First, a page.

IRS Reminds Home Businesses of Simpler Deduction Option

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The Internal Revenue Service reminded home-based businesses and their tax preparers Friday about a new simplified option for claiming the home office deduction that is available for the first time this year, allowing home businesses to deduct up to $1,500 from their taxes.

In tax year 2011, the most recent year for which figures are available, approximately 3.3 million taxpayers claimed deductions for business use of a home, commonly referred to as the home office deduction, totaling nearly $10 billion.

The new optional deduction, capped at $1,500 per year based on $5 a square foot for up to 300 square feet, will reduce the paperwork and recordkeeping burden on small businesses by an estimated 1.6 million hours annually. The IRS and the Small Business Administration announced the new option in January of last year, but it wasn’t available until this tax season (see IRS Offers Simpler Option for Calculating Home Office Tax Deduction).

The new option is available starting with the 2013 return taxpayers are filing now.  Normally, home-based businesses are required to fill out a 43-line form (Form 8829), which often involves complex calculations of allocated expenses, depreciation and carryovers of unused deductions.  Instead, taxpayers claiming the optional deduction can complete a short worksheet in the tax instructions and enter the result on their return this year.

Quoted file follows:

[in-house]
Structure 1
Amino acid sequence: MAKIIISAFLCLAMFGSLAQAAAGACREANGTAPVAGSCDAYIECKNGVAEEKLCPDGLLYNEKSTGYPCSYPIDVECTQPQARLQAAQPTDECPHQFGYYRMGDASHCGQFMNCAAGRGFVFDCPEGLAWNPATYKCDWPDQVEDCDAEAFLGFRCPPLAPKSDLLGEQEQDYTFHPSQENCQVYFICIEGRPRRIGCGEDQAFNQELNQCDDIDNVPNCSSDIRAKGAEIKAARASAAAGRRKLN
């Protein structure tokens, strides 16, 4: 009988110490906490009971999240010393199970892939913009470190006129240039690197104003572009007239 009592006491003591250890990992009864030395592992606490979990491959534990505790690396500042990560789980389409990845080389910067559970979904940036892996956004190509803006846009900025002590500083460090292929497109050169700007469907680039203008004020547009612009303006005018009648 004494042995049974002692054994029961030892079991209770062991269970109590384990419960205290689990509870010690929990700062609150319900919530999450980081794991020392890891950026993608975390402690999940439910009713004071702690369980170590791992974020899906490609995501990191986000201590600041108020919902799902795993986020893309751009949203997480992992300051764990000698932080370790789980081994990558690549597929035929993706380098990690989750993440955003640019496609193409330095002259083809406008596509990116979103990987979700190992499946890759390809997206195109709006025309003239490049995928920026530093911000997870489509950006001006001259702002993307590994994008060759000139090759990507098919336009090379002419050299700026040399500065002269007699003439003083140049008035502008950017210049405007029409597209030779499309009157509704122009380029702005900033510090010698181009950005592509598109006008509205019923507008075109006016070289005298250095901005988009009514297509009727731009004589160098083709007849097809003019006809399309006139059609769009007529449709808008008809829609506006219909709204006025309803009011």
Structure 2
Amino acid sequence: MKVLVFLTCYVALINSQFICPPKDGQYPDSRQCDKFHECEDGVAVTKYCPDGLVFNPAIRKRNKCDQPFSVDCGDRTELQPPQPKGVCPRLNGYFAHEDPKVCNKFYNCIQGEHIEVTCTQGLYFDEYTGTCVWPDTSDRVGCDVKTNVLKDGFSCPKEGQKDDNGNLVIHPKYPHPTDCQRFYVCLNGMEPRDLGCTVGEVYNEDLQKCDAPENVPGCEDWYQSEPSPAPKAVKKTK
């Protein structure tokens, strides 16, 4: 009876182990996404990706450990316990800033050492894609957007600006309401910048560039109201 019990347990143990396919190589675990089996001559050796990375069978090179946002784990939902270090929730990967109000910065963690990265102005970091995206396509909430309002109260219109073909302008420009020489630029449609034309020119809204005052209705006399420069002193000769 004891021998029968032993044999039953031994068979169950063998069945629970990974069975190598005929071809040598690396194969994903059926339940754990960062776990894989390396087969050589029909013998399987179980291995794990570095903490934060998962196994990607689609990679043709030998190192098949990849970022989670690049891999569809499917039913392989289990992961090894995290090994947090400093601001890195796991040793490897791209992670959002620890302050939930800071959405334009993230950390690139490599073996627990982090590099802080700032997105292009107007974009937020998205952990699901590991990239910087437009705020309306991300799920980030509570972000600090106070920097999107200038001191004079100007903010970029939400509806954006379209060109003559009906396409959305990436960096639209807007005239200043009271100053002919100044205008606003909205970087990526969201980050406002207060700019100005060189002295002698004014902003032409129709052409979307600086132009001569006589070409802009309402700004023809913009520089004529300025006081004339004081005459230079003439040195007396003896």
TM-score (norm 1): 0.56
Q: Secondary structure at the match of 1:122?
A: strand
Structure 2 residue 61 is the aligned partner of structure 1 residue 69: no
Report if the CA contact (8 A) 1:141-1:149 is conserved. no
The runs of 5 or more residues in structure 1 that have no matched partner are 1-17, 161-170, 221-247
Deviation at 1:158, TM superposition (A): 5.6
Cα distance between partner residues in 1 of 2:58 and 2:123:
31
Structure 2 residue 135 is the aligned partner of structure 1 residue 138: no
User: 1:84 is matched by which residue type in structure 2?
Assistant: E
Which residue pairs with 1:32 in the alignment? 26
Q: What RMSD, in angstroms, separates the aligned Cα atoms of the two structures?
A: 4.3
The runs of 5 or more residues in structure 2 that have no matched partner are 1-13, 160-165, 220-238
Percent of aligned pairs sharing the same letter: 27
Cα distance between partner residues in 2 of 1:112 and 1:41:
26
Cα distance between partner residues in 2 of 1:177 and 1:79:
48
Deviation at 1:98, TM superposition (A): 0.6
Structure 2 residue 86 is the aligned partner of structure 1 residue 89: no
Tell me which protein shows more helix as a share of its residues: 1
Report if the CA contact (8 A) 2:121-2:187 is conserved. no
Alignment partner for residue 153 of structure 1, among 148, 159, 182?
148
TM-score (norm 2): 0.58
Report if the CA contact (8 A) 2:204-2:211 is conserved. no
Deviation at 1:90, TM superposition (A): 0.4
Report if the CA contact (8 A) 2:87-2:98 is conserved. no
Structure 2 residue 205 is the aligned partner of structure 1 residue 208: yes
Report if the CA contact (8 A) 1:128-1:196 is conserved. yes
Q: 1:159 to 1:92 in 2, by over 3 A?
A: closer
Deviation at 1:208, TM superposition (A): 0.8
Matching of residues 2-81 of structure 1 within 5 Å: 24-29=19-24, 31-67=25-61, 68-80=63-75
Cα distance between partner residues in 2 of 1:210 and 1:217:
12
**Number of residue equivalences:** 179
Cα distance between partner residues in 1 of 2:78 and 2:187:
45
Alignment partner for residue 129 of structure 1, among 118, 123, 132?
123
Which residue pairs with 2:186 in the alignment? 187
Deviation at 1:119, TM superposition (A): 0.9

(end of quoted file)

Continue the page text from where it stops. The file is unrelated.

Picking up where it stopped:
Self-employed individuals can claim the home office deduction on Schedule C Line 30, while farmers can claim it on Schedule F Line 32 and eligible employees claim it on Schedule A Line 21.

While homeowners using the new option cannot depreciate the portion of their home used in a trade or business, they can claim allowable mortgage interest, real estate taxes and casualty losses on the home as itemized deductions on Schedule A. These deductions need not be allocated between personal and business use, as is required under the regular method.

Business expenses unrelated to the home, such as advertising, supplies and wages paid to employees, are still fully deductible.

Long-standing restrictions on the home office deduction, such as the requirement that a home office be used regularly and exclusively for business and the limit tied to the income derived from the particular business, still apply under the new option.

Further details on the home office deduction and the new option can be found in Publication 587, posted on

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